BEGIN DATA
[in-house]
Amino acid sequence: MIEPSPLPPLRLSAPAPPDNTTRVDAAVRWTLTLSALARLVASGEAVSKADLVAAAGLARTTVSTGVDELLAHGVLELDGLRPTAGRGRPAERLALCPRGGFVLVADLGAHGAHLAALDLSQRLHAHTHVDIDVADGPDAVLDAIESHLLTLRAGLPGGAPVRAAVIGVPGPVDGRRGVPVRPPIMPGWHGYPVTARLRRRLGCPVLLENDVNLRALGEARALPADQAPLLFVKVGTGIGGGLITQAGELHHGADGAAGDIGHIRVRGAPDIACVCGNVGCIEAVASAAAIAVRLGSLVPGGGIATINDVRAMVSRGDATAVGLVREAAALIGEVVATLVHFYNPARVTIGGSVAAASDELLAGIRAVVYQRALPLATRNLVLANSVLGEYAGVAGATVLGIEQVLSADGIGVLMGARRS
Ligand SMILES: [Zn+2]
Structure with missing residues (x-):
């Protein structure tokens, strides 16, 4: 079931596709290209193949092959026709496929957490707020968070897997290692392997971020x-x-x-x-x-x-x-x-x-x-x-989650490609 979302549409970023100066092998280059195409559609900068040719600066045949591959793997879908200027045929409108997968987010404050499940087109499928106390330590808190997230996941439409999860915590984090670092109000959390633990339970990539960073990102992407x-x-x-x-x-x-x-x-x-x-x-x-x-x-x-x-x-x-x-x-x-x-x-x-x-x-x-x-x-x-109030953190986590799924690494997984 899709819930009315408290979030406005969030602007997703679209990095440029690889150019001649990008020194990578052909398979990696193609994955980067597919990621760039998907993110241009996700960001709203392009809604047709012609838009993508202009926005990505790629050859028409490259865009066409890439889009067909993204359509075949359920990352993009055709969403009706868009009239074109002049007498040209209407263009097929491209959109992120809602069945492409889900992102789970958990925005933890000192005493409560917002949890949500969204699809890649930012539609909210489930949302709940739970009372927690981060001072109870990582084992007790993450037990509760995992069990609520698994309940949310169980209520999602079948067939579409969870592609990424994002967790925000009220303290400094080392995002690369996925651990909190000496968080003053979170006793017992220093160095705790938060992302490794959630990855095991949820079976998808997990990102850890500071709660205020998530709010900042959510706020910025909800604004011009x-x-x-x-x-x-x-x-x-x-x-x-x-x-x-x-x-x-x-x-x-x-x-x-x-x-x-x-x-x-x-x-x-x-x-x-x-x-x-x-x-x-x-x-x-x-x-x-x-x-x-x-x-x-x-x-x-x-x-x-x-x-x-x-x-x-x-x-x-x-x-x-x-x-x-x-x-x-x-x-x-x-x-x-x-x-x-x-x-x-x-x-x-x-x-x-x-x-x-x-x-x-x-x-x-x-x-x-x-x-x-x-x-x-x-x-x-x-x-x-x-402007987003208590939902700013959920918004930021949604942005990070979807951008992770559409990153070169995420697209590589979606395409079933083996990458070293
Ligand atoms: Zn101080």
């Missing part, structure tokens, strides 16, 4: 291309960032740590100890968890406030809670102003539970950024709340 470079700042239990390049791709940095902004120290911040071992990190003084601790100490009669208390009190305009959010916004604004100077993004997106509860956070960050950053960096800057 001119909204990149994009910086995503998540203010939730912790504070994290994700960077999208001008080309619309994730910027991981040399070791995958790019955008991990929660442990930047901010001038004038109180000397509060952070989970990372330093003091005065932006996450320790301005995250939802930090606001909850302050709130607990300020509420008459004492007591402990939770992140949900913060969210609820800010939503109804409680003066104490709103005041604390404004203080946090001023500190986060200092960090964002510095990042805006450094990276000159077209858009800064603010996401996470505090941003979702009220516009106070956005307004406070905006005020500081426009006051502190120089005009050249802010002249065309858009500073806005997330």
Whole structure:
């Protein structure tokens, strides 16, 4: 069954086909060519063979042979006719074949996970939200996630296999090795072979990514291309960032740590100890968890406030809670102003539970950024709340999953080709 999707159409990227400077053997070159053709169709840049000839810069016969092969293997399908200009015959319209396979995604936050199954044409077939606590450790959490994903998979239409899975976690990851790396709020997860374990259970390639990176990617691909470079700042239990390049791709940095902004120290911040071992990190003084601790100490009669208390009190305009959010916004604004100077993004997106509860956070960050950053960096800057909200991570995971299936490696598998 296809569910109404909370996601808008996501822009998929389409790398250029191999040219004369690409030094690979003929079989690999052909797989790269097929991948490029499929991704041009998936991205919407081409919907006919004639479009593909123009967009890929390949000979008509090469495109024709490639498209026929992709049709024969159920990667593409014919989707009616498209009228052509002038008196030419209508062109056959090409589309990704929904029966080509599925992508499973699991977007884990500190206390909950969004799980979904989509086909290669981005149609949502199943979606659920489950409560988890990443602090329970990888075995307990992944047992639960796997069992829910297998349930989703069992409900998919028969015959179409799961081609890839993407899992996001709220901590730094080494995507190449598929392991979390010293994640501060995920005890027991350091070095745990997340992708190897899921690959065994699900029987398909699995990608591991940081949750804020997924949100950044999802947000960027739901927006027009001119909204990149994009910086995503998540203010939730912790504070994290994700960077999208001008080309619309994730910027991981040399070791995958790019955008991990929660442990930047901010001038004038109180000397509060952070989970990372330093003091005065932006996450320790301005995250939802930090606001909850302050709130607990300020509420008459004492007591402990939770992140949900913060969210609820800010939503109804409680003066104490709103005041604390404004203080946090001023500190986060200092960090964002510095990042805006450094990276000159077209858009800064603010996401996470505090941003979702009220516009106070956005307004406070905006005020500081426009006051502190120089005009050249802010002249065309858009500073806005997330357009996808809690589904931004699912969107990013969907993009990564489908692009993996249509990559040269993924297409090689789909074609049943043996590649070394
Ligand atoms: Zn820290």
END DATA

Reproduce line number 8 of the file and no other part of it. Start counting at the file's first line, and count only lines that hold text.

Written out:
Whole structure: